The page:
If you quit your studies without a valid reason, you will lose your right to unemployment security from the day that you quit.    

To receive unemployment security, you are not required to apply in the autumn for education that begins in the spring. However, if you do apply for education in the autumn and you get a place to study, but fail to start your studies in the spring without a valid reason, you will lose your right to unemployment security until further notice.   

Your right to an unemployment security will be restored if one of the following conditions is met:

  • You have completed a vocational qualification or higher education degree.
  • You have spent at least 21 calendar weeks working at a job that meets the conditions of being employed, which means that you have worked at least 18 hours a week, taken part in services that promote employment, studied full time, or worked full time as an entrepreneur or at your own job.   
  • You reach your 25th birthday.

Kela can impose a mandatory waiting period for your labour market subsidy, during which you will not receive the labour market subsidy. The maximum length of the waiting period is 21 weeks. Kela will decide on the length of the waiting period.

Services that promote employment 

If you are not entitled to unemployment security due to not applying for education or training or due to discontinuing studies, you can still receive unemployment benefits while participating in services promoting employment.

Services promoting employment include rehabilitative work activities, job-search coaching, career coaching, work try-outs, and labour market training.

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This website is part of the European Commission's Your Europe portal. Did you find what you were looking for? Give feedback! (europa.eu)


Education comes in many forms, so you can choose to study in various ways in different institutions.

You can study at many different educational institutions to acquire and develop your competence and vocational skills. There are many different ways to study these days, from contact teaching to distance and multiform learning. You can even complete a degree by independent study. Depending on your situation in life, you can study full-time, part-time alongside work, or while unemployed.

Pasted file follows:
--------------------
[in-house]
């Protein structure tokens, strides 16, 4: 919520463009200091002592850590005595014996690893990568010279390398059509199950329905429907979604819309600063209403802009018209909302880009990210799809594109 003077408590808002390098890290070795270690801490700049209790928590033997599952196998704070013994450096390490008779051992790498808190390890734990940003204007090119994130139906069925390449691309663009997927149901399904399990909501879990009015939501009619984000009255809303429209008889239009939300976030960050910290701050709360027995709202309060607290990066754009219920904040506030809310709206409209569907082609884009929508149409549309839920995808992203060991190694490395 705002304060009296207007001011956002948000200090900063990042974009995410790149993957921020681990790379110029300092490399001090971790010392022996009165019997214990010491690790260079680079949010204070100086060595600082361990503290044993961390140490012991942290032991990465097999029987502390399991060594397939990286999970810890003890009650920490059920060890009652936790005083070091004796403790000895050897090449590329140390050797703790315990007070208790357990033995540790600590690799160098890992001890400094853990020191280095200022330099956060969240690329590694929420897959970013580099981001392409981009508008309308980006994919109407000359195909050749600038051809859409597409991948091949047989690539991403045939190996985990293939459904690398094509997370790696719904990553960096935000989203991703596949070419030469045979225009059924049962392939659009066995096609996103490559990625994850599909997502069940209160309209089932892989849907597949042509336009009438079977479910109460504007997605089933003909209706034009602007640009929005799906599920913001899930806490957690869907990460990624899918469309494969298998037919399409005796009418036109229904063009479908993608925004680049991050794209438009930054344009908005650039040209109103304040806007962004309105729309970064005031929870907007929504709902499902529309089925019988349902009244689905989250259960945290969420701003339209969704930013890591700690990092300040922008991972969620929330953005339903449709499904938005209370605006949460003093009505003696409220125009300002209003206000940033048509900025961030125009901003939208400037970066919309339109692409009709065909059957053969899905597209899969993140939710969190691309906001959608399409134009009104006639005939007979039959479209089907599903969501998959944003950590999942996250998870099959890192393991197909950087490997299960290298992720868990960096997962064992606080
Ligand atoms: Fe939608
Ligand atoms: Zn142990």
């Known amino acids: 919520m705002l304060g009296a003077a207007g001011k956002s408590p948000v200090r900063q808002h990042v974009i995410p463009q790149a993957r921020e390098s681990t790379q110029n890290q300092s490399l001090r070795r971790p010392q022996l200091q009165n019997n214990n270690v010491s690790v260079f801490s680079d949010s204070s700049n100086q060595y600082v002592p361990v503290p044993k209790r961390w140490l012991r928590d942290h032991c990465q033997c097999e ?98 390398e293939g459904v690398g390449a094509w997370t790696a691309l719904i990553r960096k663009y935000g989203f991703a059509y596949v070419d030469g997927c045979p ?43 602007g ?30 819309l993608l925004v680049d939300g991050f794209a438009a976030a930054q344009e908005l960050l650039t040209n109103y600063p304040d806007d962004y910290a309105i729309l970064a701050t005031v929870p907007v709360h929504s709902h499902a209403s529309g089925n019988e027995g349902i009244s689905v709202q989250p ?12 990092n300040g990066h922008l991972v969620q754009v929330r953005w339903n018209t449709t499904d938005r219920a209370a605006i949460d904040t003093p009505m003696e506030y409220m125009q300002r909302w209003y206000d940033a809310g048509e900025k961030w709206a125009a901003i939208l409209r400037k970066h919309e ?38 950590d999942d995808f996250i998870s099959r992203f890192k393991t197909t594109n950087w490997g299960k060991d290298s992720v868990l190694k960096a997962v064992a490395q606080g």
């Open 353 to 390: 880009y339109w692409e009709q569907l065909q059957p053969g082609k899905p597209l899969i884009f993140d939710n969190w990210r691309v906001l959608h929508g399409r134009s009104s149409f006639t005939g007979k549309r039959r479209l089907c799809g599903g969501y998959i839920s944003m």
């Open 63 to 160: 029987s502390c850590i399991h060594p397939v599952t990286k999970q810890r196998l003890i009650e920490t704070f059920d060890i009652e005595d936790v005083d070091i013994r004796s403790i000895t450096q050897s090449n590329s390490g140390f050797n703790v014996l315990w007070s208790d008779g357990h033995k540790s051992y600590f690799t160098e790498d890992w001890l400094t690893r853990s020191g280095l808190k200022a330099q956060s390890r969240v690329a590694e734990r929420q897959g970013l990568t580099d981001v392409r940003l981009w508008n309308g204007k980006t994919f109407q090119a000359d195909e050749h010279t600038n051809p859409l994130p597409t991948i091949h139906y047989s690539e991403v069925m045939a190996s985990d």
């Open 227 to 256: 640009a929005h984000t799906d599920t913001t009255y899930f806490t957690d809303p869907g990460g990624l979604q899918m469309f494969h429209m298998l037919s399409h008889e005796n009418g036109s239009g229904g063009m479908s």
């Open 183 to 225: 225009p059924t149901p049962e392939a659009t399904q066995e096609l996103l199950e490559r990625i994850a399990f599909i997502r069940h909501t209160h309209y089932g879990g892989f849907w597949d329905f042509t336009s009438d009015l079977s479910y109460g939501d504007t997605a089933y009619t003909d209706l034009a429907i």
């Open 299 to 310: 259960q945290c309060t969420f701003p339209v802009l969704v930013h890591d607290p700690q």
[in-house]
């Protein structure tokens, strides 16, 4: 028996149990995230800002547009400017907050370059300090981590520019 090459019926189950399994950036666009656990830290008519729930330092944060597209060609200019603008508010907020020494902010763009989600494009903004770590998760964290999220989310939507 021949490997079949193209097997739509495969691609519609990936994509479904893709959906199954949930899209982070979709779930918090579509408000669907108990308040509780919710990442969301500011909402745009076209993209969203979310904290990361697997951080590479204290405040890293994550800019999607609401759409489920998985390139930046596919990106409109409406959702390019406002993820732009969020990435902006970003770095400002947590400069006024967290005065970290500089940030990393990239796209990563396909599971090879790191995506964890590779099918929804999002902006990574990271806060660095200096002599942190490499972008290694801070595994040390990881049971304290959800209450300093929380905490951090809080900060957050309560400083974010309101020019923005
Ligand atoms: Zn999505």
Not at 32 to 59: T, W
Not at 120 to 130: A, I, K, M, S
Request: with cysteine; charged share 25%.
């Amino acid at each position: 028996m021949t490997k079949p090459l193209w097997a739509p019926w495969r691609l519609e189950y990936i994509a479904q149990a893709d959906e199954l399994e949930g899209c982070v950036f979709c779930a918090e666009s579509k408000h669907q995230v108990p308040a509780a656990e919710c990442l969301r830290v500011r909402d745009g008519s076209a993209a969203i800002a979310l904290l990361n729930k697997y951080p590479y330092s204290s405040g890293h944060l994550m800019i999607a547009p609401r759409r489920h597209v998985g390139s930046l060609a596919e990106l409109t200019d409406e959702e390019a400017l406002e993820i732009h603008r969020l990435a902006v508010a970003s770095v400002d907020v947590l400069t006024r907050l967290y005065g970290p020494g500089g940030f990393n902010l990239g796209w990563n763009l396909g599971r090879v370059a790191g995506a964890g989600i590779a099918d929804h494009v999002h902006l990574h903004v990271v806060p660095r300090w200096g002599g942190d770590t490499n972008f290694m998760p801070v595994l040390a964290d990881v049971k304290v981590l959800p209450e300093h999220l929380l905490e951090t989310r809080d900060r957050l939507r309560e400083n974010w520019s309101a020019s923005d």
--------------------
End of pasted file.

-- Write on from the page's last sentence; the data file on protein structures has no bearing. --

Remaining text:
Your options may be more limited if you are in the integration process for immigrants, on sick leave, retired, or on parental leave, but some form of study is possible in any situation.

While planning your studies, try to answer the following questions:

  • What kind of knowledge and skills do you want to obtain? Where can you learn them?
  • How long are you willing to study?
  • What are the requirements for admission?
  • How will you finance your studies and support yourself in the meantime?
  • What will your studies prepare you for? Will you need further training after completing your degree to achieve your goal?

You can find information on different degrees and professions and learn more about studying in different educational institutions on the StudyInfo website. In addition to exploring your options, you can also use the portal to apply to study programmes online.

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Training guarantee under the Youth Guarantee

The Youth Guarantee in Finland includes a training guarantee, which means that every person completing basic education has the opportunity to attend further education in

  • an upper secondary school or vocational institution,
  • apprenticeship training,
  • a youth workshop or rehabilitation, or
  • some other form of study.

The guarantee also involves changes to the admissions process for vocational education and training. The joint selection procedure for general upper secondary schools and vocational institutions prioritises young people who have no prior degree and have not been admitted to study anything else after completing their basic education. This ensures that those applying to their first study programme are admitted.

Supplementary applications

If you are not admitted in the primary application round, you can take part in the supplementary application round. Vocational institutions also offer rolling admissions.

Interrupted studies

If you have previously started studies but not completed them, it is usually possible to pick up where you left off. However, if your right to study has expired, you have to reapply. It is possible to include your previously completed studies in your degree after your right to study has been restored. Contact your own educational institution to ask about the possibility of completing your interrupted studies.

Studying while working

If you are working, you can take multiform studies or ask your employer about the possibility of taking job alternation or study leave.

Multiform studies are designed to be taken alongside work, so contact teaching is reduced and mostly takes place in the evenings and on weekends. Multiform studies combine different forms of study, which may include contact teaching, online learning, working in study groups and independent study, for example.